There is more to the Mass than the ear can hear.
When the faithful settle back into their pews after the Gospel proclamation, for example, the priest or deacon, having reverenced the Book of the Gospels with a kiss, recites the following formula quietly: “Through the words of the Gospel may our sins be wiped away” (GIRM, no. 134).
In a beautiful and arresting paradox, none of us in the congregation hears this formula that is essentially about our hearing.
Being able to hear this prayer itself isn’t important; actively hearing what has just preceded it—the word of God—is.
Through the words of the Gospel may our sins be wiped away.
These words are not the words of absolution given by the priest in Confession, so how can they wipe away sins? By helping us get at the root cause of all sin, which entails a refusal to hear. Pope Benedict XVI points out that “the root of sin lies in the refusal to hear the word of the Lord, and to accept in Jesus, the Word of God, the forgiveness which opens us to salvation” (Verbum Domini, no. 26).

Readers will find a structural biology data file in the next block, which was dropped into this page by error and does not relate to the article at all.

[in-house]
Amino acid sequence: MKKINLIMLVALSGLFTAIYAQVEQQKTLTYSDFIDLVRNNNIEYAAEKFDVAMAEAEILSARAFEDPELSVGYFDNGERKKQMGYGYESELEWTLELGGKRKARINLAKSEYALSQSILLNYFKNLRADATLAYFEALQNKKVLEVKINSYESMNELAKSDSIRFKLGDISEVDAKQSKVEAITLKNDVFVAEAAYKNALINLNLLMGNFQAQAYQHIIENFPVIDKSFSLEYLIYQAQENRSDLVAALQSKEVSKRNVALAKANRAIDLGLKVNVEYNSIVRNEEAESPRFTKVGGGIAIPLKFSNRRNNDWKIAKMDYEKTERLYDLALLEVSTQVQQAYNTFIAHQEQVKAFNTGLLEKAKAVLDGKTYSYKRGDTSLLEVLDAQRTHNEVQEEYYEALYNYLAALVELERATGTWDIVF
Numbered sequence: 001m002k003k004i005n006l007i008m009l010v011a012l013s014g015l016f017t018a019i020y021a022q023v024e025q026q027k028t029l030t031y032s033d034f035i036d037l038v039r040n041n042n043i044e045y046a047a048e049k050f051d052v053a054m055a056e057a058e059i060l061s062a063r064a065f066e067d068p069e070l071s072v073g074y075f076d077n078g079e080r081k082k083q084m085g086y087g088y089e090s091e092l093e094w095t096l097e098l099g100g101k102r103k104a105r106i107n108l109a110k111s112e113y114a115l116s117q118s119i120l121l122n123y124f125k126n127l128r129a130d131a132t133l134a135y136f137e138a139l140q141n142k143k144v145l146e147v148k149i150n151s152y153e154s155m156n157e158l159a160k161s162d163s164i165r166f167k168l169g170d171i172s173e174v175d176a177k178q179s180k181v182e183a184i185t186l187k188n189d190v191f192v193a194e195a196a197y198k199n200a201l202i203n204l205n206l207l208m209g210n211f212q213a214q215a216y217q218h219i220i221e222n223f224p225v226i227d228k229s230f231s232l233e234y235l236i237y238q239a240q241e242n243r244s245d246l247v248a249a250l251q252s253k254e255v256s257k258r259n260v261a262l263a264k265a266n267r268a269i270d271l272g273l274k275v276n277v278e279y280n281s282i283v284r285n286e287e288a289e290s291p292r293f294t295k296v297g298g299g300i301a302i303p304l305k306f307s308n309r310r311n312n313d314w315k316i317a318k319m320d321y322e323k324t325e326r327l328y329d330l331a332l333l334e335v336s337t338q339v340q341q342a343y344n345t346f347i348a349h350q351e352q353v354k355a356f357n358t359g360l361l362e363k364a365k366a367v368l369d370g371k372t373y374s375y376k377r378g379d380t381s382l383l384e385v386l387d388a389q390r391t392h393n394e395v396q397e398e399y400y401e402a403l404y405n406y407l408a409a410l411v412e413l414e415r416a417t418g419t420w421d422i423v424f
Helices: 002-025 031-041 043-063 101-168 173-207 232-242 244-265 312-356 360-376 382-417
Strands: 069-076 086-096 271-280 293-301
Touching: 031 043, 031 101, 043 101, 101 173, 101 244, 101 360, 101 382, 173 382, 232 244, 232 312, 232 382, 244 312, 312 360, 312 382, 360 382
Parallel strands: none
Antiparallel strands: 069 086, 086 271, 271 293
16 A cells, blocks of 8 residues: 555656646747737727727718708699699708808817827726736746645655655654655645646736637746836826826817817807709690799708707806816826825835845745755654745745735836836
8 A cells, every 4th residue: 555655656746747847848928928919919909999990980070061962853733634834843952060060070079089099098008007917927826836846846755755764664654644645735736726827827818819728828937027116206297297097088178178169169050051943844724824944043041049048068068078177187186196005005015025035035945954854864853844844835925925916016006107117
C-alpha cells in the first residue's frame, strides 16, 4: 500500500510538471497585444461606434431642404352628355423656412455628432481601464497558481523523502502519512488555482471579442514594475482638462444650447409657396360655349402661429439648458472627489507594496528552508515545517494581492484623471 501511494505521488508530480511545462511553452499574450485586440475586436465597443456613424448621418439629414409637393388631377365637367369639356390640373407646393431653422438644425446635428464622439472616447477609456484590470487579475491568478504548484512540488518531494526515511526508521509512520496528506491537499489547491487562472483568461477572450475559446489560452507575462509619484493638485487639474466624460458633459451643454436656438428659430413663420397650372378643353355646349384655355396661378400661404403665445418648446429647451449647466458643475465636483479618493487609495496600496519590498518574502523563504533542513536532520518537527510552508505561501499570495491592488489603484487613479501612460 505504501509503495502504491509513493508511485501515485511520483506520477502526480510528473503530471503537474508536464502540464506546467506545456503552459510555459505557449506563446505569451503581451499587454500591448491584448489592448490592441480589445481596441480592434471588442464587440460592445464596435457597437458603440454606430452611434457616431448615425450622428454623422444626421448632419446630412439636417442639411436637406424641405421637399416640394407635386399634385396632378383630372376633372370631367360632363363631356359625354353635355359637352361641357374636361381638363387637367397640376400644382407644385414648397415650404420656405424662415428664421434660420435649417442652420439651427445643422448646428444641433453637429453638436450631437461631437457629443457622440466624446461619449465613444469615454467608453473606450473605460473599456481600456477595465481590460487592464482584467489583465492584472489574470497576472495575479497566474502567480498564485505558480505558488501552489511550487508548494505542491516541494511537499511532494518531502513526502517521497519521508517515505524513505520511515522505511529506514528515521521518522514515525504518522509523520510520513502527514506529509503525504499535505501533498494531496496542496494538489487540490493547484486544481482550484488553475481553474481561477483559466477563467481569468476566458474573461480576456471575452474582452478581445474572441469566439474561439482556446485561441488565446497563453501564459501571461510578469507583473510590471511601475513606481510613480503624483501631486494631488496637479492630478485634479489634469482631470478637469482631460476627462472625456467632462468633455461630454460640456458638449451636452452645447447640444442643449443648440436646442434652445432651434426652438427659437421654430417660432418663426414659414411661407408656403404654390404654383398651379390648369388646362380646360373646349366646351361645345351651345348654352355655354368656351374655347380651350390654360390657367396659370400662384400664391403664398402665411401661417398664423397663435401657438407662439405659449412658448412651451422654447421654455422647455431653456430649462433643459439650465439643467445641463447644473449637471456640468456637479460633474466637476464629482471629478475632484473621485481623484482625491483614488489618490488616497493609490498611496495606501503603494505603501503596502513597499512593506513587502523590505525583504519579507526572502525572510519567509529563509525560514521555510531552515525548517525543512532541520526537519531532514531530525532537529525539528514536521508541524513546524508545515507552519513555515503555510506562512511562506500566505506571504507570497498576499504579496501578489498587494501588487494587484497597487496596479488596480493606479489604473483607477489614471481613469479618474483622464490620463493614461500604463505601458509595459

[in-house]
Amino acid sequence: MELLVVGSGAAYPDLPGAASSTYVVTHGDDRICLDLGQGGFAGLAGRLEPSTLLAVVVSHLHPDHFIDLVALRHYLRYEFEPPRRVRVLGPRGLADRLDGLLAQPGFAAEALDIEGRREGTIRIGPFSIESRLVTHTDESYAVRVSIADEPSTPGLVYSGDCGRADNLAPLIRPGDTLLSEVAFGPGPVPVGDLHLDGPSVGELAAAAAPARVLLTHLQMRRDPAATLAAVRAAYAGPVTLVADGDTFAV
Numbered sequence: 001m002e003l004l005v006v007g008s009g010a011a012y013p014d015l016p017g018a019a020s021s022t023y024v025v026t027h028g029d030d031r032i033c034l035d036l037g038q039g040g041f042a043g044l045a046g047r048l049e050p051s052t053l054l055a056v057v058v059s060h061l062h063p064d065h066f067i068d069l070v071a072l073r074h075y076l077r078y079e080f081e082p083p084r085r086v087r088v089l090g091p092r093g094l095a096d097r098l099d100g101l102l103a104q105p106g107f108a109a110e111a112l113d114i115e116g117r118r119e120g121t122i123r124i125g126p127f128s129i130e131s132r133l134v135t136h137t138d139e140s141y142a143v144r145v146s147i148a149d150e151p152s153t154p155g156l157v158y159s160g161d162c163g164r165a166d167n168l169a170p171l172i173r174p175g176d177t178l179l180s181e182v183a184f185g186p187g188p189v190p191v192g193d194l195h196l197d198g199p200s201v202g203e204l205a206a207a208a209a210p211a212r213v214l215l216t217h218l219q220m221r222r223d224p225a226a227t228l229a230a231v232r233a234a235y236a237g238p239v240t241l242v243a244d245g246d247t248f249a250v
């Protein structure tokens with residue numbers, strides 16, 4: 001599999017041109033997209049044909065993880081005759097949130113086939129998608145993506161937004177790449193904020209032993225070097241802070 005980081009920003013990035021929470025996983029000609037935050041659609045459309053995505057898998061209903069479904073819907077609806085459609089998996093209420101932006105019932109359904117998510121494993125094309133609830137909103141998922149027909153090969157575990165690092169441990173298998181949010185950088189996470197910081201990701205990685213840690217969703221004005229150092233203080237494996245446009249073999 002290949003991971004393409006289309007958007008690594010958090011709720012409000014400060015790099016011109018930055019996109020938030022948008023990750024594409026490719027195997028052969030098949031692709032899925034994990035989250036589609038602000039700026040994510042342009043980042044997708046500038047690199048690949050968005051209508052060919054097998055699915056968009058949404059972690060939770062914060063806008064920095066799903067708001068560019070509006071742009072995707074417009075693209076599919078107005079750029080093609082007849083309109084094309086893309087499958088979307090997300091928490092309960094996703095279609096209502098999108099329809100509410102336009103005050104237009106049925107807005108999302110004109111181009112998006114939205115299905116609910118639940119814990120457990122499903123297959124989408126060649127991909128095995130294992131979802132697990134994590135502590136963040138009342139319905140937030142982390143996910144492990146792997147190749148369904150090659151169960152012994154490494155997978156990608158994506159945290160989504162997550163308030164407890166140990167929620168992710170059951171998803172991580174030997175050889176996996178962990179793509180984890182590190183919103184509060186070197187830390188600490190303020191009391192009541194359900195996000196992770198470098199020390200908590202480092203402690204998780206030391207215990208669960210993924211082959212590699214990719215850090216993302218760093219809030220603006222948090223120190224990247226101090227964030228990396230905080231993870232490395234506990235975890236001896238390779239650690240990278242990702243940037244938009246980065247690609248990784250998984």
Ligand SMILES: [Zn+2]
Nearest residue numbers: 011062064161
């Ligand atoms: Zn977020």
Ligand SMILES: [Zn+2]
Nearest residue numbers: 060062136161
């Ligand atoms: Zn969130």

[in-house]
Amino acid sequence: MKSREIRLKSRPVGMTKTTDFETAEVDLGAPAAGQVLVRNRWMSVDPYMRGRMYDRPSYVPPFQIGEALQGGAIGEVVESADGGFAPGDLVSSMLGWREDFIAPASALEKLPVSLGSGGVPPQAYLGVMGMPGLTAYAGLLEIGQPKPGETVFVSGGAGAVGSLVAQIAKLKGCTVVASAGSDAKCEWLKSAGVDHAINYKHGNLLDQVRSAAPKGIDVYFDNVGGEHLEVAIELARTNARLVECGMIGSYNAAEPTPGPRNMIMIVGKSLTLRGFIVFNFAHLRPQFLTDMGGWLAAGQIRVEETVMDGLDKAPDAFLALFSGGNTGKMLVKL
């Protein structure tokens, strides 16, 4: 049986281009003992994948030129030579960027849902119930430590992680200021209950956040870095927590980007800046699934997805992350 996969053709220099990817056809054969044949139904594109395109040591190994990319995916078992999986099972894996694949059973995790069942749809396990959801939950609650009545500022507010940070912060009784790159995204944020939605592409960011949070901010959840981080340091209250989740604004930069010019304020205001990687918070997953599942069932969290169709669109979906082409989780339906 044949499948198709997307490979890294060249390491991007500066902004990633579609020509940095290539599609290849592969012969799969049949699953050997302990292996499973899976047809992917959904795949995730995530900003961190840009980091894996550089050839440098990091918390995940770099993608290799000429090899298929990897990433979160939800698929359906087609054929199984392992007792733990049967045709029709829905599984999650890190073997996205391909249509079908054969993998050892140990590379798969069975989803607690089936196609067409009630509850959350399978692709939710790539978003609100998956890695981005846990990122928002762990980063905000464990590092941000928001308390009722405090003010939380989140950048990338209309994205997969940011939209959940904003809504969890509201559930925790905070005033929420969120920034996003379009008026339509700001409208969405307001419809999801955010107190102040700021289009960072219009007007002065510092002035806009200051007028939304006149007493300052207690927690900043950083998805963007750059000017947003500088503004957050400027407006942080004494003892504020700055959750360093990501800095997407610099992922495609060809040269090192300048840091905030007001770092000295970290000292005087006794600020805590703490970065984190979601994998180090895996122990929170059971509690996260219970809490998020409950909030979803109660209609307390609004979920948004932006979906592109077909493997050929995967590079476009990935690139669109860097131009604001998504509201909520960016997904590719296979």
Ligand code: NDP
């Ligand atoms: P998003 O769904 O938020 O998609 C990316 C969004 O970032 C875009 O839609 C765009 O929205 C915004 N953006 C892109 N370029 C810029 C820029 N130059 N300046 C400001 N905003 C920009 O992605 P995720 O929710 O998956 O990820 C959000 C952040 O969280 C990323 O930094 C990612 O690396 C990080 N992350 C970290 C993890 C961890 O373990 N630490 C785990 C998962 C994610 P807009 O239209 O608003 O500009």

Thanks to our fallen condition, we have the capacity to tune out. I don’t mean struggling with distractions, which are unavoidable. Instead, I mean remaining unmoved by God’s call—by the Voice calling us to conversion and repentance. I mean remaining disobedient even when we’ve heard God’s loving instruction and promise of glory. I mean closing ourselves off. “You do not ask for sacrifice or offerings, but an open ear” (Ps 40:8, emphasis added). Hardness of heart leaves us spiritually hard of hearing.
There’s a whole genre of Internet videos that capture deaf infants, having received cochlear implants, hearing their mothers’ voices for the very first time. To see their reactions—rapt attention, tiny tears of joy—is astounding. All of a sudden they have access to a dimension of life of which they didn’t even know they had been deprived. God’s grace, as communicated through his word, always has the power to do something similar. Because it is “living and effective” (Heb 4:12), the word of God can bring its hearers to life.
Even when there is more to the Mass than the ear can hear, those Mass parts are meant to help us hear—loud and clear.
Photo by Fr. Lawrence Lew, O.P. (used with permission)